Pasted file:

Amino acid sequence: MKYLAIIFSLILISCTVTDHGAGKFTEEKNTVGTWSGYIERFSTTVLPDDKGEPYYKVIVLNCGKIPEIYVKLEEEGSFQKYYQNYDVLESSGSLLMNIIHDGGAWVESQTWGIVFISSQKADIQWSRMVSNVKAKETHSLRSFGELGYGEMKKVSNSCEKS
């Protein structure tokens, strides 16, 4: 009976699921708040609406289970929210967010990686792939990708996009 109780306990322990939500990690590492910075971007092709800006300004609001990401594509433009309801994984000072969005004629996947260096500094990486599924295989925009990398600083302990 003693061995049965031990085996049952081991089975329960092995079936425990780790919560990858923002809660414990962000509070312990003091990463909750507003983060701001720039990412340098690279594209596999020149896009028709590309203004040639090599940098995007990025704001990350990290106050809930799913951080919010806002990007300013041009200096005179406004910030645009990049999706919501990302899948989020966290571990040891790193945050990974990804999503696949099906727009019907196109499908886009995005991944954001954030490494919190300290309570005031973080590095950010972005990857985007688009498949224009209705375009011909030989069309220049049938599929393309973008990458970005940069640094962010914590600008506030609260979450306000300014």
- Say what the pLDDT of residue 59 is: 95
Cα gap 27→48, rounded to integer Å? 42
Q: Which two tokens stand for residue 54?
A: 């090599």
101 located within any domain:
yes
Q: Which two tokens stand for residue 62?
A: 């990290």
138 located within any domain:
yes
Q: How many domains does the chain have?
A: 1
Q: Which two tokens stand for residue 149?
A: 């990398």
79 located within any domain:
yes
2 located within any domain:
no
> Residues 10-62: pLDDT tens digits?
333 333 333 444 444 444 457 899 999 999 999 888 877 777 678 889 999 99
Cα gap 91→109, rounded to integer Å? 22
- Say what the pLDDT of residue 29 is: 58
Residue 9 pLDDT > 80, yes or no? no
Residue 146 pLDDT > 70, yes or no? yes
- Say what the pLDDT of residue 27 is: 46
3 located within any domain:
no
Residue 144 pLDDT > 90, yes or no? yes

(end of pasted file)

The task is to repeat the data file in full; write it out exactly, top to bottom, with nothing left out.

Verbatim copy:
Amino acid sequence: MKYLAIIFSLILISCTVTDHGAGKFTEEKNTVGTWSGYIERFSTTVLPDDKGEPYYKVIVLNCGKIPEIYVKLEEEGSFQKYYQNYDVLESSGSLLMNIIHDGGAWVESQTWGIVFISSQKADIQWSRMVSNVKAKETHSLRSFGELGYGEMKKVSNSCEKS
């Protein structure tokens, strides 16, 4: 009976699921708040609406289970929210967010990686792939990708996009 109780306990322990939500990690590492910075971007092709800006300004609001990401594509433009309801994984000072969005004629996947260096500094990486599924295989925009990398600083302990 003693061995049965031990085996049952081991089975329960092995079936425990780790919560990858923002809660414990962000509070312990003091990463909750507003983060701001720039990412340098690279594209596999020149896009028709590309203004040639090599940098995007990025704001990350990290106050809930799913951080919010806002990007300013041009200096005179406004910030645009990049999706919501990302899948989020966290571990040891790193945050990974990804999503696949099906727009019907196109499908886009995005991944954001954030490494919190300290309570005031973080590095950010972005990857985007688009498949224009209705375009011909030989069309220049049938599929393309973008990458970005940069640094962010914590600008506030609260979450306000300014």
- Say what the pLDDT of residue 59 is: 95
Cα gap 27→48, rounded to integer Å? 42
Q: Which two tokens stand for residue 54?
A: 């090599």
101 located within any domain:
yes
Q: Which two tokens stand for residue 62?
A: 């990290």
138 located within any domain:
yes
Q: How many domains does the chain have?
A: 1
Q: Which two tokens stand for residue 149?
A: 């990398």
79 located within any domain:
yes
2 located within any domain:
no
> Residues 10-62: pLDDT tens digits?
333 333 333 444 444 444 457 899 999 999 999 888 877 777 678 889 999 99
Cα gap 91→109, rounded to integer Å? 22
- Say what the pLDDT of residue 29 is: 58
Residue 9 pLDDT > 80, yes or no? no
Residue 146 pLDDT > 70, yes or no? yes
- Say what the pLDDT of residue 27 is: 46
3 located within any domain:
no
Residue 144 pLDDT > 90, yes or no? yes